*glares at Terry and QTOFFER*

Card carrying member of FTAS & GCAS.
Allivymar is offline   Reply With Quote
Old 10-03-2003, 09:16 PM   #4
Aquarium Advice Freak
 
Join Date: Sep 2003
Location: Leytonstone, London
Posts: 231
Your PH is down to your area water supply and 7.6 is not bad. Do not bother with PH unless you intend to keep PH specific fishes. Aim to add zero chemicals to tank. The cloudiness may be down to bacterial bloom. However, nature is not ready in your tank, as the waste from the fishes are not been broken down quickly enough so you will have to give your fish’s fresh water more regularly than you would when the tank as settled down, (cycled)

I will suggest around 50% water change twice a week for next 2 weeks then reduce 20% twice weekly for further 3 - 4 weeks then 20% a week forever. Something similar to that to ensure that the fishes are not swimming in ammonia.

I know it is tempting to fiddle with your you fish tank but leave it. The fishes are in a new tank and stress ca reduce there resistance to disease and………it get worse from there on in. Just change water.

Is that right Advisors, works for me.

EDIT, as i spell check you post Allivymar, congrats on Appointment, ask for extra kudos ration as yours going down fast

EXTRA EDIT: use Allivymar, water change routine as it is more thorogh. But do nothimg else for next couple of months
__________________
old signature here
my fish tank
LondonGman is offline   Reply With Quote
Old 10-03-2003, 09:34 PM   #5
Aquarium Advice Addict
 
Join Date: May 2003
Location: NY
Posts: 4,536
LOL thanx Gman. Trust me; I answer so many posts, and add enough of my own to keep my kudos from dwindling too much. I'm noticing yours are getting a tad low, and you've been doing an awesome job helping folks; have a few more *grin* Btw, what are you doing up so late?

*agrees with Gman*

Yeah, nature, specifically the nitrogen cycle, is now where near ready in your tank bkbjmb (unless you've used Bio-Spira, which is the ONLY product which has the correct nitrifying bacteria). Its quite possible some of the products you've used have added enough nutrients for heterotrophic bacteria to have a lil party in your tank, causing the bloom.
__________________
aka Cycling Guru and the Ich Slayer

*glares at Terry and QTOFFER*

Card carrying member of FTAS & GCAS.
Allivymar is offline   Reply With Quote
Old 10-04-2003, 01:12 AM   #6
Aquarium Advice Newbie
 
Join Date: Oct 2003
Location: Colorado USA
Posts: 2
Allivymar and LondonGMan, thanks for getting back to me so quickly. We figured that the next step would have to be water changes to get the crap out of there. We will put that at the top of tomorrow's to do list.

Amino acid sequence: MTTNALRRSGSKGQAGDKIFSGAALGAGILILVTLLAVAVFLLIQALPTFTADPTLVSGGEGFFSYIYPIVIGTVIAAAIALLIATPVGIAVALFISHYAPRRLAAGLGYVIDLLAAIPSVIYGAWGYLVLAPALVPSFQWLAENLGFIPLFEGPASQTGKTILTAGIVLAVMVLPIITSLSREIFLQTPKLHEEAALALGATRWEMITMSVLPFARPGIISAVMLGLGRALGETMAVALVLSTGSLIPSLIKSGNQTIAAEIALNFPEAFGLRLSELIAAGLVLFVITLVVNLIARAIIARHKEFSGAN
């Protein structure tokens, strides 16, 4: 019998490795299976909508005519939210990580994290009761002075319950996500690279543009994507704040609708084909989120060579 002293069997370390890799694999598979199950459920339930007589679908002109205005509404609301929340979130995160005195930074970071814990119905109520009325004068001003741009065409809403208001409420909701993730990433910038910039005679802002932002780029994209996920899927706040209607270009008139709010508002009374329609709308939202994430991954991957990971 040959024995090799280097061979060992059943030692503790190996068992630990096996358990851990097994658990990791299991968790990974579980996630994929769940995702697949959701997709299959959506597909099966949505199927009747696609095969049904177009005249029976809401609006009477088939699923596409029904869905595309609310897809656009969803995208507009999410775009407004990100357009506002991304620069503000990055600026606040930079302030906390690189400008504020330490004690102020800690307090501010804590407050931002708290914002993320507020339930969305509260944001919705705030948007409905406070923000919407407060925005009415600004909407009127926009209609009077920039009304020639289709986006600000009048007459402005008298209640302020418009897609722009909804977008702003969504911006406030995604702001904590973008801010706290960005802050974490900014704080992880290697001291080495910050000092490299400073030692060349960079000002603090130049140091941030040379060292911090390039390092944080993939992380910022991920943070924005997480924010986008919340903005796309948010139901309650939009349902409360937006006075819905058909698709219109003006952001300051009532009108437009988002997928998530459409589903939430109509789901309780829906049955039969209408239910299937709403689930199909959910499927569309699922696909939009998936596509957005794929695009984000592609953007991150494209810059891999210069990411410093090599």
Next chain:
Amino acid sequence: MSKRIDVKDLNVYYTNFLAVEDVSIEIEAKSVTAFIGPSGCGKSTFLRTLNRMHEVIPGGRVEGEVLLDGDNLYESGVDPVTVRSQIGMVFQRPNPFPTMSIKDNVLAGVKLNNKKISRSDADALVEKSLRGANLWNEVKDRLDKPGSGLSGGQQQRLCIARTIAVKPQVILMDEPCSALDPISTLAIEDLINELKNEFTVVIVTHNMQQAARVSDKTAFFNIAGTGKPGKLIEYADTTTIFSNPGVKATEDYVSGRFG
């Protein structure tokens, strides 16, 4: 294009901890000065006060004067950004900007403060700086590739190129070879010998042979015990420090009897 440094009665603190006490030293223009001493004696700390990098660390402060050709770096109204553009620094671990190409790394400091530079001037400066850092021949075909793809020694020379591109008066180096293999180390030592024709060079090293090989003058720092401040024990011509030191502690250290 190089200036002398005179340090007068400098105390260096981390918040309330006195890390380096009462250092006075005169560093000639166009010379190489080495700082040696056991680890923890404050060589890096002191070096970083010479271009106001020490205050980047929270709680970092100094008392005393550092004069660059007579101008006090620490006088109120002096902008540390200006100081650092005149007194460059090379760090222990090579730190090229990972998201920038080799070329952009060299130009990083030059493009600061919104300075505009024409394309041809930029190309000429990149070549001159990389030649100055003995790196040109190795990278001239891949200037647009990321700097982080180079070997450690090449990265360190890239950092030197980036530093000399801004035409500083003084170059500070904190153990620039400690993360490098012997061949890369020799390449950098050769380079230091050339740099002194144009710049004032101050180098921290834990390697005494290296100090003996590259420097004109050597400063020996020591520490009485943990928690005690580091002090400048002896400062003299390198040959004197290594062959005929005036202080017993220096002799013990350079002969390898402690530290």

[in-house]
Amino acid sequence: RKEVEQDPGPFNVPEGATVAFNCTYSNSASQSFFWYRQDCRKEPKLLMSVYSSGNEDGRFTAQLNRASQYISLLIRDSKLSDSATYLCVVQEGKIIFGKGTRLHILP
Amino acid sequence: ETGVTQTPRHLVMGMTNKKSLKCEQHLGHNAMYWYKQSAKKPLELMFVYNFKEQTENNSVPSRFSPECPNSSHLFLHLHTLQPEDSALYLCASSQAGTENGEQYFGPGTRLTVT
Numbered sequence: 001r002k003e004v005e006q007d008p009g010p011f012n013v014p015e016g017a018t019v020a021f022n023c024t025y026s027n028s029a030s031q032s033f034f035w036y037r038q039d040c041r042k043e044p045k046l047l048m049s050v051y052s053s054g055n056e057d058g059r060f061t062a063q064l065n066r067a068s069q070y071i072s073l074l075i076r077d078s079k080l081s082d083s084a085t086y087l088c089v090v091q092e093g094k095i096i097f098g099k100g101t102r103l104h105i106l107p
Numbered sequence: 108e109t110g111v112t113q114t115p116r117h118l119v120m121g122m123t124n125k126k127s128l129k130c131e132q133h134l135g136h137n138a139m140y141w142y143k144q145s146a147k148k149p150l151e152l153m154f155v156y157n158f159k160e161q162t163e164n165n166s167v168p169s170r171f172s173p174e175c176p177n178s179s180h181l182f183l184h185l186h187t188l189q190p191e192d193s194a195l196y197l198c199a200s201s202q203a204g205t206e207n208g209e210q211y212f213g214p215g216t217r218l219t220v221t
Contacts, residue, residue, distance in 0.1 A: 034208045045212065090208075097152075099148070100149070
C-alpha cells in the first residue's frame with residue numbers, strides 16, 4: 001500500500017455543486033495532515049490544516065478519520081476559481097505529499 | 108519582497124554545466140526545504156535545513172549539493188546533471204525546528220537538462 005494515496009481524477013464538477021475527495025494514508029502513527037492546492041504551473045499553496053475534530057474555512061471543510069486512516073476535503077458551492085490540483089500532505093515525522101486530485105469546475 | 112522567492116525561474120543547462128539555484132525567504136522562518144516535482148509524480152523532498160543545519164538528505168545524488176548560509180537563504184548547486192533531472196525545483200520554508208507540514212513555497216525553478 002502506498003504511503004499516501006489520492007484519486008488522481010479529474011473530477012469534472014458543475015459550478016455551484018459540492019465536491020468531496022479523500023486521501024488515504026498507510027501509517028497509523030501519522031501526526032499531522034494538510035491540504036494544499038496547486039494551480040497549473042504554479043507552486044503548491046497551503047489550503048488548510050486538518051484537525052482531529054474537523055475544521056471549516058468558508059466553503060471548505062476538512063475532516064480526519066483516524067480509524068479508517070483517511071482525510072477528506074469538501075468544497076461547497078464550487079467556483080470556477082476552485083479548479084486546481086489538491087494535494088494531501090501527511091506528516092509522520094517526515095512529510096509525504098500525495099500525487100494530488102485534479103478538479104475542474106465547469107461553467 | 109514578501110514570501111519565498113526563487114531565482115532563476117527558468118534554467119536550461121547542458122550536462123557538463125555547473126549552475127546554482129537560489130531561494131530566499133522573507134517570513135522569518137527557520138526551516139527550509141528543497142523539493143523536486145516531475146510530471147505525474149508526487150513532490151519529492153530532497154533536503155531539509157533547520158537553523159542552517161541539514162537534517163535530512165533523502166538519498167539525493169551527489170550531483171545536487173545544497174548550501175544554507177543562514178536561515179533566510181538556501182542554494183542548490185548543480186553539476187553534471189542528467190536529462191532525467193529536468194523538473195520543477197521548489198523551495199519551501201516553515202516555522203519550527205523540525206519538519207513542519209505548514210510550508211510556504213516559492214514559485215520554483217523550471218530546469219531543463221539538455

We just got back home from having dinner and it looks worse than ever :-(

By the way Allivymar, we did purchase an AP test kit when we got the aquirium. I've been checking the amonia levels every couple of days. So far all of the bad stuff is in check. And thanks for the compliment on the filter. I spent several days researching before we purchased anything. The name Emperor came up time and again so I figured we couldn't go wrong with it.

Thanks again for the advice!

Brian
__________________
bkbjmb is offline   Reply With Quote
Old 10-04-2003, 01:28 AM   #7
Aquarium Advice Addict
 
Join Date: May 2003
Location: NY
Posts: 4,536
Anytime keep the questions comin!

A thumbs up on starting off with purchasing the tests kits when you started the tank. Once you get most of that crap out of there, I figure you'll start getting ammonia readings in a week or 2 Its a nice size tank; once the cycle is completed have you guys thought about adding more fish?
__________________

__________________
aka Cycling Guru and the Ich Slayer

*glares at Terry and QTOFFER*

Card carrying member of FTAS & GCAS.
Allivymar is offline   Reply With Quote
Reply

Tags
bacteria, bacteria bloom, bloom, cloud, cloudy, cloudy water, white cloud

Please support our sponsors and let them know you heard about them on AquariumAdvice.com

Thread Tools Search this Thread
Search this Thread:

Advanced Search
Display Modes

Posting Rules
You may not post new threads
You may not post replies
You may not post attachments
You may not edit your posts

BB code is On
Smilies are On
[IMG] code is On
HTML code is Off
Trackbacks are Off
Pingbacks are Off
Refbacks are Off


Similar Threads
Thread Thread Starter Forum Replies Last Post
Bacteria bloom (white cloudy water) in water change tub? 20 20 Freshwater & Brackish - General Discussion 1 01-16-2006 01:44 PM
Bacteria bloom ????? slowboattochina Freshwater & Brackish - General Discussion 2 05-06-2005 04:58 PM
do ALL aquariums experience the bacteria bloom/cloudy water? Bubble_Boy Freshwater & Brackish - General Discussion 5 11-12-2004 02:23 PM
bacteria bloom stinky Freshwater & Brackish - General Discussion 4 07-14-2003 09:06 AM
Bacteria Bloom Saltwater & Reef - Sick Fish or Coral 7 01-20-2003 12:04 PM







» Photo Contest Winners







All times are GMT -4. The time now is 09:49 AM.


Powered by vBulletin® Version 3.8.8 Beta 1
Copyright ©2000 - 2020, vBulletin Solutions, Inc.